Your Will: The Most Basic Estate Planning Tool

| August 2, 2016 | 0 Comments

According to an April 2016 article in USA Today, a recent survey found that 64 percent of adult Americans do not have a will. In 2007, a similar study found that young parents with minor children were the least likely to have taken this important step. While few young adults expect to die early, it does happen, and if you aren’t prepared it can leave a real mess behind for your family to deal with. Fortunately, a will is the easiest and most basic estate planning tool.

A will is a legal document that details how you want your assets distributed at your death (after debts and taxes are paid), and who should oversee your affairs. If you have minor children, your will should state who is to care for them.

Without a will, state laws will determine how your property is distributed. Your spouse, children or other heirs could end up with less than you planned, the assets could be poorly managed, and your estate could end up paying more in taxes and legal fees than necessary. Also, without a will to guide it, the court could appoint someone whom you would not approve as guardian for minor children.

Although writing your own will can save money, an improperly drafted or executed will might lead the court to reject it as invalid or allow disgruntled heirs to challenge it. Or you may simply forget to include something important. Also, each person’s circumstances are very different so a handwritten or template will, while better than nothing, leaves much to be desired. State laws also vary significantly, so the will must reflect the particulars of that state. An attorney who specializes in estate planning can help you prepare a will that covers all the bases and complies with local customs.
As you are preparing your will, here are some key issues to keep in mind:

Some assets are not governed by your will. These include life insurance, retirement accounts or property held in joint tenancy with right of survivorship, or those owned by a trust. For example, if your will says your wife is to receive your entire estate, but your mother is still the named beneficiary of a life insurance policy, your mother will get the insurance benefits.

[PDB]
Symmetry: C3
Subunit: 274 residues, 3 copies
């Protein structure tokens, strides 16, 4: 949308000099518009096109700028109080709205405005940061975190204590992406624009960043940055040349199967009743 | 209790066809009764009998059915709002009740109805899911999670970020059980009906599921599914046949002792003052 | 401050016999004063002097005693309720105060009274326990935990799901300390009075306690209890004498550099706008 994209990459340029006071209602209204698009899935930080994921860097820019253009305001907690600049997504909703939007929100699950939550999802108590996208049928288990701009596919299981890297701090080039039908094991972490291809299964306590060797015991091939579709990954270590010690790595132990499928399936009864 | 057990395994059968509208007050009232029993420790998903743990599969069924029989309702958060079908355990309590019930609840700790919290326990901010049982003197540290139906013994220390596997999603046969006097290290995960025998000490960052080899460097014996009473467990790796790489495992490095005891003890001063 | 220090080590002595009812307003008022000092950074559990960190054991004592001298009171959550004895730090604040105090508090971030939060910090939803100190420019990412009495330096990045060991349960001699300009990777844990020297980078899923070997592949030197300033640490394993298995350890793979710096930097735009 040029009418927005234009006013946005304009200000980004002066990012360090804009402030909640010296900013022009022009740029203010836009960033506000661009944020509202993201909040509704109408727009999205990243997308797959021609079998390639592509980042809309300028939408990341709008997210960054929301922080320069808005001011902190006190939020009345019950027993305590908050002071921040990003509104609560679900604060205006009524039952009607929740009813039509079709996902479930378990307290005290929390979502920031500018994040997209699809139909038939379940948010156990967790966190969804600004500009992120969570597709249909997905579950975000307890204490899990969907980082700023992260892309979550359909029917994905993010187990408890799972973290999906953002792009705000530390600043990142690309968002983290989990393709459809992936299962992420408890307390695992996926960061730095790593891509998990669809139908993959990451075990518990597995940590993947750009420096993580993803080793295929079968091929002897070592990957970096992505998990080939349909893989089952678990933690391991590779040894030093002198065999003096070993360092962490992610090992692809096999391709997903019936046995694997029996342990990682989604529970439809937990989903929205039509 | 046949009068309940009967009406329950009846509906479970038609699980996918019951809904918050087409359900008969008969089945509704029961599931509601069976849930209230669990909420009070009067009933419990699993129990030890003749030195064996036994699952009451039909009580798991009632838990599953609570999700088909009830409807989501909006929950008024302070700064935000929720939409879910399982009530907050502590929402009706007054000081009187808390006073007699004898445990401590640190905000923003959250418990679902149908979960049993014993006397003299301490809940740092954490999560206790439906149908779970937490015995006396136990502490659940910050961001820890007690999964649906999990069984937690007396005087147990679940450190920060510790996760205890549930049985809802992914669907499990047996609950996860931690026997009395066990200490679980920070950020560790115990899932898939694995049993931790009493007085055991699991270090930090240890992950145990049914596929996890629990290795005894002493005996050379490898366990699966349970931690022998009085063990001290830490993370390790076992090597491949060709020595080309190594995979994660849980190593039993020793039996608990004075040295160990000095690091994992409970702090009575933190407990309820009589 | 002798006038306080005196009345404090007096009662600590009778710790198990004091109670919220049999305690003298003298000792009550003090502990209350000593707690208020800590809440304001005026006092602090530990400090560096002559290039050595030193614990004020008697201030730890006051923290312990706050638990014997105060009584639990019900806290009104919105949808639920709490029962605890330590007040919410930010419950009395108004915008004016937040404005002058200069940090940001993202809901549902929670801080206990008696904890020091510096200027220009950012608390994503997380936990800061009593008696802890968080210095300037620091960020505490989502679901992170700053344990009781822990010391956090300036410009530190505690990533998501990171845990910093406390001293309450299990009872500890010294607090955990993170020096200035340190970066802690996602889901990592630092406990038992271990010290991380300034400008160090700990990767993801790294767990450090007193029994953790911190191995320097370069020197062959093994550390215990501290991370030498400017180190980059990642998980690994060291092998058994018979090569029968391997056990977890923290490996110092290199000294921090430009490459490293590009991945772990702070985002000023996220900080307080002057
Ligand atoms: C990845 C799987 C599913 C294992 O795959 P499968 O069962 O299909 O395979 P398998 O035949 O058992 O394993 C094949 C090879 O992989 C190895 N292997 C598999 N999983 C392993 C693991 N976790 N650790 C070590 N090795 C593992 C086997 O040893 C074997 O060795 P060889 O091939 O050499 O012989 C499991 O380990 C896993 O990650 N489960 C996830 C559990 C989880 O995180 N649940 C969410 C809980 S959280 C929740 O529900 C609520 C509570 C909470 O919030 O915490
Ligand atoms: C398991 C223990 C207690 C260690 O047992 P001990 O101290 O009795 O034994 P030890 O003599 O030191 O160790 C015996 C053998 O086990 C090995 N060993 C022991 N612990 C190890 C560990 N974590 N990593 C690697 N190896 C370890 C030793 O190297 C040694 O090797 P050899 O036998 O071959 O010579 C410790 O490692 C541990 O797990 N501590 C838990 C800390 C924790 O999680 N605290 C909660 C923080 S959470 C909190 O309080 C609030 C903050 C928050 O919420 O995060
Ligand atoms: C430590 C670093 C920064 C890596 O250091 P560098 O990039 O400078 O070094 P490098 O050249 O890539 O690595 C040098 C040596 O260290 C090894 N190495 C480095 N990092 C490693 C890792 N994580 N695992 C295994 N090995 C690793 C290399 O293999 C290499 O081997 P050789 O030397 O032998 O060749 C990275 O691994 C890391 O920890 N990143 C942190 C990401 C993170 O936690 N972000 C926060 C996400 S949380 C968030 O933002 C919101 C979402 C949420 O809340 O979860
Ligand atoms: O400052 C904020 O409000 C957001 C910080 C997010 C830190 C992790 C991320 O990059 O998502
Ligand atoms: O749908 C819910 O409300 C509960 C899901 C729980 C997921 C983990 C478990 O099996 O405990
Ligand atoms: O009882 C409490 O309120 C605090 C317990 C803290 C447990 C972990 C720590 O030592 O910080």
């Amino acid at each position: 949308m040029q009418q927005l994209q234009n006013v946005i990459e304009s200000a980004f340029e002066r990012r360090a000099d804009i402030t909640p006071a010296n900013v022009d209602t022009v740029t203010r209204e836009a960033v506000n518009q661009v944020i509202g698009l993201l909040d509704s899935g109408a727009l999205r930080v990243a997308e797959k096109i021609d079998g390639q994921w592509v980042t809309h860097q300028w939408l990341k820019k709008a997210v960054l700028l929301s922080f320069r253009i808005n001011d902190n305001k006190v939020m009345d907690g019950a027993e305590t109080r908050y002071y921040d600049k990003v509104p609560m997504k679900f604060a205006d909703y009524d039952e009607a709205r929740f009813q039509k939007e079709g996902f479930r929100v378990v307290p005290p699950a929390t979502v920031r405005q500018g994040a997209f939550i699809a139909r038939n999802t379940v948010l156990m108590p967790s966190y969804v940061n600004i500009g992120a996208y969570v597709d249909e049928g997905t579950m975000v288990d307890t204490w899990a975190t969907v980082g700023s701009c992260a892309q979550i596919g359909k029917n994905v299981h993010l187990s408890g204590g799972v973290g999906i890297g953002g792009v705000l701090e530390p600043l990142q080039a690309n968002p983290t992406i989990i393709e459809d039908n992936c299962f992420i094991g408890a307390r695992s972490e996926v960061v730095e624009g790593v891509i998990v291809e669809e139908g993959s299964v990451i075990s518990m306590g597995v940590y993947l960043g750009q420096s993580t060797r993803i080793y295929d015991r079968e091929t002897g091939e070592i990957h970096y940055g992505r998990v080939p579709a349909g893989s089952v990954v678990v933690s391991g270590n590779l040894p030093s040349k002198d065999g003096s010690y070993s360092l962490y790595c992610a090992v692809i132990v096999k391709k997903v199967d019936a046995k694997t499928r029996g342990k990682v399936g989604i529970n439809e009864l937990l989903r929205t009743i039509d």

Choose a guardian carefully in the event you and your spouse die together. The court will likely have to approve the guardian, but at least you’ll have your input, rather than the court picking someone. Make certain the guardian is willing and able to care for your children. Also be certain your guardian has the financial resources (or that you provide the resources) to raise your children; your guardian is not legally obligated to pay for the care of your children out of their pockets. Also, name a contingent guardian as backup.

Choose your executor carefully. An executor is the one who actually makes things happen and settles your estate, making sure debts and taxes are paid, and assets are properly transferred. You should choose someone who is willing, trustworthy and capable. Name a backup executor, too. It is especially important to ensure the executor has the power to carry out your will, such as the ability to sell real estate.

Take care with valuable heirlooms. A separate letter of instruction may be used to designate precisely who is to receive personal property of high sentimental value but little monetary value. This can minimize a lot of squabbling among heirs. Keeping this kind of detail out of the will reduces the cost of rewriting the will each time you decide to make changes.

Keep it up to date. Review and (if necessary) revise the will when key events occur, such as the birth of a child, changes in circumstances of guardians, a marriage or divorce, the death of an heir or executor, retirement, or a move to another state.

This column is prepared by Rick Brooks, CFA®, CFP®. Brooks is director and chief investment officer with Blankinship & Foster, LLC, a wealth advisory firm specializing in comprehensive financial planning and investment management. Brooks can be reached at (858) 755-5166, or by email at Brooks and his family live in Mission Hills.

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